"He stepped up," said offensive coordinator Ron Turner. "He stepped up big time. He made some plays. He's been playing well ever since he got back in the lineup."
The third-year receiver saved his best performance of his career for the biggest game he's played in since being drafted by the Bears in the fifth round of the 2003 draft. Gage finished with 7 receptions for 81 yards, including the catch of the game on an 18-yard twisting grab along the sidelines that allowed the Bears to run time off the clock in the fourth quarter.
"He really made some outstanding catches," said head coach Lovie Smith. "That's where we saw him being. We really needed our No. 2 receiver to step up and he definitely did that."
In many ways this could be Gage's last chance to prove he deserves to stay in Chicago or at least be a primary option in the passing game. Without progress the Bears will likely look to upgrade the position in the off-season.
Mark Bradley started to emerge as a playmaker before going down with a torn ACL. While he could be ready by training camp, there's no guarantee he'll immediately be the same player he was before the injury. It can sometimes take a season to rebound from a surgery.
If Gage can prove down the stretch he can be a compliment to Muhsin Muhammad, it would alleviate some of the worries about the position.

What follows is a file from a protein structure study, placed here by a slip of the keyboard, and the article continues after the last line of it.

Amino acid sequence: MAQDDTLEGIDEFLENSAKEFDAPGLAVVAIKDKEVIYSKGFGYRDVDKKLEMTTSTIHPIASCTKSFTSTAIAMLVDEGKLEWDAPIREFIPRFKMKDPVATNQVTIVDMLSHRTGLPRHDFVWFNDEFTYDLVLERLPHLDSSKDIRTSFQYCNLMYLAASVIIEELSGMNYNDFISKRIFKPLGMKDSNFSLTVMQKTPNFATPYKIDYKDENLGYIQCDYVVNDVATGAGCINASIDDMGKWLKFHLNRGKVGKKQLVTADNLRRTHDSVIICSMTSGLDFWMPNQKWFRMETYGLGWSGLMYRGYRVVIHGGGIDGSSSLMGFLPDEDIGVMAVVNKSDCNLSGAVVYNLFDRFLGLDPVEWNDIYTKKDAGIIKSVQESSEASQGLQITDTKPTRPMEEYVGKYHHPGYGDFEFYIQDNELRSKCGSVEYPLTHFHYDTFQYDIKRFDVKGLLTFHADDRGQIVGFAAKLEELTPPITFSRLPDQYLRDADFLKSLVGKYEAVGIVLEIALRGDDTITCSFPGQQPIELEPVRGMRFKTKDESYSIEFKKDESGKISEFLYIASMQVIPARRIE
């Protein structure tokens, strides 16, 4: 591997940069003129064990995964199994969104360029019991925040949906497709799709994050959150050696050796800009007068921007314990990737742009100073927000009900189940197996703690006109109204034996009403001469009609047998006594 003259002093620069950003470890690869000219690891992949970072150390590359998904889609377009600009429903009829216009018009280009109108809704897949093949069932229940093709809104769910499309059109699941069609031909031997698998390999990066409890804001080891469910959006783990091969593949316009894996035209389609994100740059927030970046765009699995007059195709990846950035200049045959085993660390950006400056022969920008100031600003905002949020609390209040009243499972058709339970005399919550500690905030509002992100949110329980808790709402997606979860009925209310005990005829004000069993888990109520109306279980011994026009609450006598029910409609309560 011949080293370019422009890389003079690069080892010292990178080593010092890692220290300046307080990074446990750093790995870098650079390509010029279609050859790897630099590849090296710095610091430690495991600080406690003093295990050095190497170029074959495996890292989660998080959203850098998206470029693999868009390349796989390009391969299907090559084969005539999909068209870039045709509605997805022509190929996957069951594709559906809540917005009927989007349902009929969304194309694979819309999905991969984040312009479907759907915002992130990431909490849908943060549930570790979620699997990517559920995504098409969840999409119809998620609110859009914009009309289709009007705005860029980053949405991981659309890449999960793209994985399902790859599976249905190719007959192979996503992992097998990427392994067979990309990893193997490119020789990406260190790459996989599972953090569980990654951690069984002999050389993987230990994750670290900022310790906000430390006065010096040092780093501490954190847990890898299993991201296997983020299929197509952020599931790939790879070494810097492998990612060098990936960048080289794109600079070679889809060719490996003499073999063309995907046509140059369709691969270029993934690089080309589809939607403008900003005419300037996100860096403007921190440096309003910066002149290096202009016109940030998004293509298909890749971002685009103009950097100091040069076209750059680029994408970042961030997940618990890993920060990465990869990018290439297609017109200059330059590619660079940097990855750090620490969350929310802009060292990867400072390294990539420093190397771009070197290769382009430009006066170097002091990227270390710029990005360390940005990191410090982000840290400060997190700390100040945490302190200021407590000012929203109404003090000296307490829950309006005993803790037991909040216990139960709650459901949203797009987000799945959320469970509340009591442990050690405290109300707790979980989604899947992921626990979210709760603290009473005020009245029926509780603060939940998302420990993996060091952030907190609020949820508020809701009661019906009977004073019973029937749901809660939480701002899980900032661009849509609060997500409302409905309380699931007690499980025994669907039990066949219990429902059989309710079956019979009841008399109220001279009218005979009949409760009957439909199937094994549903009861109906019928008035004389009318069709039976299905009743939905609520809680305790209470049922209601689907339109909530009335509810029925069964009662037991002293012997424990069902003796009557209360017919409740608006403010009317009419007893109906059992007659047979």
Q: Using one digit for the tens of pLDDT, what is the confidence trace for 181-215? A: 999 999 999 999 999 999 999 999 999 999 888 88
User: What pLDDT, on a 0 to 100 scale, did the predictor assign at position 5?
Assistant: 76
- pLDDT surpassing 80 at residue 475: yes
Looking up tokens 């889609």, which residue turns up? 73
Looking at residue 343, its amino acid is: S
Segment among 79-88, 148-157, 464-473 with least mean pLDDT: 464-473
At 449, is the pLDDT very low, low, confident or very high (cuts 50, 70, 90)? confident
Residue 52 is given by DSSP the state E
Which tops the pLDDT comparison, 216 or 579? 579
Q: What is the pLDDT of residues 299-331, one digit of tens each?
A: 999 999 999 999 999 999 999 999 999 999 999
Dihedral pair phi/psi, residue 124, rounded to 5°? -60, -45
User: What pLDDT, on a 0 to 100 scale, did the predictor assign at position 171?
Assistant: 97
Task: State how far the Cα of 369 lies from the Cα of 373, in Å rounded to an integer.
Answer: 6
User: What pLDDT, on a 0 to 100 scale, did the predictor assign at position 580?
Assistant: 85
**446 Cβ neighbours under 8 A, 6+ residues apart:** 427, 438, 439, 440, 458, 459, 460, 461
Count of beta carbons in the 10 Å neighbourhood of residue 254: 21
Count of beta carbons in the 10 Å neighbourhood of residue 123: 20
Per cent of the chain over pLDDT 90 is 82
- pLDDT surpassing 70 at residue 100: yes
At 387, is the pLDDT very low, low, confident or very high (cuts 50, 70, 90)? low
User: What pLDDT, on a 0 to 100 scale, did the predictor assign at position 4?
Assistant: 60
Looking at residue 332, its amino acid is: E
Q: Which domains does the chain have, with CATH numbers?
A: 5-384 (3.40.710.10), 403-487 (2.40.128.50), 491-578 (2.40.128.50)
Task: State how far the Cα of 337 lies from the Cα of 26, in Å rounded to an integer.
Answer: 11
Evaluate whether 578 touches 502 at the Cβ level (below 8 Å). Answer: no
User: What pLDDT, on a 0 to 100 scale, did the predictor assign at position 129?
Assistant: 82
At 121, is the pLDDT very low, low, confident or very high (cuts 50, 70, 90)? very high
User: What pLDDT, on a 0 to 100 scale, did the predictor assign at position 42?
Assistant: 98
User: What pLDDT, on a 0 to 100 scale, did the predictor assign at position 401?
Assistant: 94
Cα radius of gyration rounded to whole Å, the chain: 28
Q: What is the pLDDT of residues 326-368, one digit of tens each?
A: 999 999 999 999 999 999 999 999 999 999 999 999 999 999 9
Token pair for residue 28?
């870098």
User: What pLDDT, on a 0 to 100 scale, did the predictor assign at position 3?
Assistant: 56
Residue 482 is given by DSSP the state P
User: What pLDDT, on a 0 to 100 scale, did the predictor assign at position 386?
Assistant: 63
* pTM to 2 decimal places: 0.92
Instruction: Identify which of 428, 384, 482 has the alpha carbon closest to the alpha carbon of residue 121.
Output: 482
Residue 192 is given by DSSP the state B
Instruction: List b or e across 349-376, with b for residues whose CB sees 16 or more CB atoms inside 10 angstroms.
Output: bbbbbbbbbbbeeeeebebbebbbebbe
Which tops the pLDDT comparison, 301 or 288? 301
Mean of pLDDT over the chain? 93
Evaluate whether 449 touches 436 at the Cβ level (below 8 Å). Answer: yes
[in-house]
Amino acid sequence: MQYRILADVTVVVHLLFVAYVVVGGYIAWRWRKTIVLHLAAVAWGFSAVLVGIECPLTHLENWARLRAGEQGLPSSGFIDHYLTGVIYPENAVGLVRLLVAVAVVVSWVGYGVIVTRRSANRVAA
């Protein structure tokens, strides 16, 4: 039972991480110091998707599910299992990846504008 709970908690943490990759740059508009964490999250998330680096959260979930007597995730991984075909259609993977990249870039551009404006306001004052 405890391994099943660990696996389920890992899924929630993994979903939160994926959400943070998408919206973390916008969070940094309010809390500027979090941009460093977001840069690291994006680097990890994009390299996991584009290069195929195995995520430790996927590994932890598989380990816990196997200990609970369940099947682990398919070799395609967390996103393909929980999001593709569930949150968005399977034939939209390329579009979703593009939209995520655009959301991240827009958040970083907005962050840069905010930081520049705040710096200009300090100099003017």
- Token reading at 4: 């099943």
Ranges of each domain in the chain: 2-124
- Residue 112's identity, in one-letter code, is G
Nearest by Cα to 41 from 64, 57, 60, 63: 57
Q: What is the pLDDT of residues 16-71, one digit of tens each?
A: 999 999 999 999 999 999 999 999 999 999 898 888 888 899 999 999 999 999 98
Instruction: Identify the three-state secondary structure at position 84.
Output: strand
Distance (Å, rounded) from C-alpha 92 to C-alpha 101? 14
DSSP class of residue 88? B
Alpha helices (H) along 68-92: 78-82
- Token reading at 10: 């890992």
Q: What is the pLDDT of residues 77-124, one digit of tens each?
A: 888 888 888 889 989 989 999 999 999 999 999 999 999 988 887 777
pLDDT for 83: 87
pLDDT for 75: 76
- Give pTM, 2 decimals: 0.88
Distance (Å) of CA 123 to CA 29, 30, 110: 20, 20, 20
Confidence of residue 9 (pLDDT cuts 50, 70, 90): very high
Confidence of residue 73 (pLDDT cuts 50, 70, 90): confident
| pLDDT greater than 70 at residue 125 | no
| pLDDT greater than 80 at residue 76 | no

When Gage burst onto the seen as a rookie it was primarily because of one route. The jump ball became the former basketball player's best weapon, as he averaged 19.9 yards on 17 receptions.
Whether it was a lack of development or Terry Shea not liking Gage's game, he disappeared in 2004, catching just 12 balls.
With Turner at the controls, Gage was named a starter in the off-season. Things were supposed to be different this time around. As the head coach at Illinois, Turner saw what Gage could do when he faced him at Missouri.
However, it looked to be another lost season for Gage. He went four straight games without a catch and was inactive the fourth week of that stretch -- the Oct. 23 game with Baltimore. Since then he has 14 catches in four games.
The six-foot-4, 212-pounder is adding other routes to his repertoire. His increased versatility is part of the reason Kyle Orton is looking his way more frequently. The fact that Muhammad is often given extra attention is also a factor in the increased output.
"They were doing a lot to try to shut Moose down and that leaves the other receivers open and I happened to be on the other side so I got to make those plays," Gage said.
When asked if the Carolina game was the most he's ever had the ball thrown in his direction, Gage mumbled a curse word by accident, said he was sorry and then agreed with the question.
If he remains a productive part of the passing game, Gage won't have to apologize again anytime soon.